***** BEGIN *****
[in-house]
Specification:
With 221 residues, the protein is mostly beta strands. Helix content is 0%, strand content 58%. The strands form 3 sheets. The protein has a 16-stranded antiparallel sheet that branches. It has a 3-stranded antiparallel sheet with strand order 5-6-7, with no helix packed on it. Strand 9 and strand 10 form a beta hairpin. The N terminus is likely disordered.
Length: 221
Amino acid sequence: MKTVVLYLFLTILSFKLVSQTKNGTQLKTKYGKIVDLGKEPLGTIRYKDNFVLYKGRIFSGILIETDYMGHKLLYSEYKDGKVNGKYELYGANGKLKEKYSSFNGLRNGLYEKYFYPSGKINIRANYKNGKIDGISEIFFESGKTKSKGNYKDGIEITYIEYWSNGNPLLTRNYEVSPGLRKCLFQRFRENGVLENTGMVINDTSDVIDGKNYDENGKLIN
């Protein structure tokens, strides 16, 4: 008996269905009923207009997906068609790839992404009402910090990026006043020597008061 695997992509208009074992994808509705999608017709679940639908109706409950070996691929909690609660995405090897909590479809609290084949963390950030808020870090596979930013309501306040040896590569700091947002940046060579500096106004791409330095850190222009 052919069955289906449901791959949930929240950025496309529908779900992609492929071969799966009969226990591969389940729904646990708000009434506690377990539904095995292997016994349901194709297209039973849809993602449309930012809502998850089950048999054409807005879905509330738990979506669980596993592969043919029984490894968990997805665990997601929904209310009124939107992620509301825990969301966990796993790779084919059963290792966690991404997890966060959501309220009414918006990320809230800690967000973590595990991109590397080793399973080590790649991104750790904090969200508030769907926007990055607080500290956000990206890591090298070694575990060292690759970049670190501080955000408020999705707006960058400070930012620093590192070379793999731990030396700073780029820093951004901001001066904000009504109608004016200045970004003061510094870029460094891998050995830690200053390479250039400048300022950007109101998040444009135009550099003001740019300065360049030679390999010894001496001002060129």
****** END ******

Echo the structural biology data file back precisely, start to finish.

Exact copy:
[in-house]
Specification:
With 221 residues, the protein is mostly beta strands. Helix content is 0%, strand content 58%. The strands form 3 sheets. The protein has a 16-stranded antiparallel sheet that branches. It has a 3-stranded antiparallel sheet with strand order 5-6-7, with no helix packed on it. Strand 9 and strand 10 form a beta hairpin. The N terminus is likely disordered.
Length: 221
Amino acid sequence: MKTVVLYLFLTILSFKLVSQTKNGTQLKTKYGKIVDLGKEPLGTIRYKDNFVLYKGRIFSGILIETDYMGHKLLYSEYKDGKVNGKYELYGANGKLKEKYSSFNGLRNGLYEKYFYPSGKINIRANYKNGKIDGISEIFFESGKTKSKGNYKDGIEITYIEYWSNGNPLLTRNYEVSPGLRKCLFQRFRENGVLENTGMVINDTSDVIDGKNYDENGKLIN
């Protein structure tokens, strides 16, 4: 008996269905009923207009997906068609790839992404009402910090990026006043020597008061 695997992509208009074992994808509705999608017709679940639908109706409950070996691929909690609660995405090897909590479809609290084949963390950030808020870090596979930013309501306040040896590569700091947002940046060579500096106004791409330095850190222009 052919069955289906449901791959949930929240950025496309529908779900992609492929071969799966009969226990591969389940729904646990708000009434506690377990539904095995292997016994349901194709297209039973849809993602449309930012809502998850089950048999054409807005879905509330738990979506669980596993592969043919029984490894968990997805665990997601929904209310009124939107992620509301825990969301966990796993790779084919059963290792966690991404997890966060959501309220009414918006990320809230800690967000973590595990991109590397080793399973080590790649991104750790904090969200508030769907926007990055607080500290956000990206890591090298070694575990060292690759970049670190501080955000408020999705707006960058400070930012620093590192070379793999731990030396700073780029820093951004901001001066904000009504109608004016200045970004003061510094870029460094891998050995830690200053390479250039400048300022950007109101998040444009135009550099003001740019300065360049030679390999010894001496001002060129």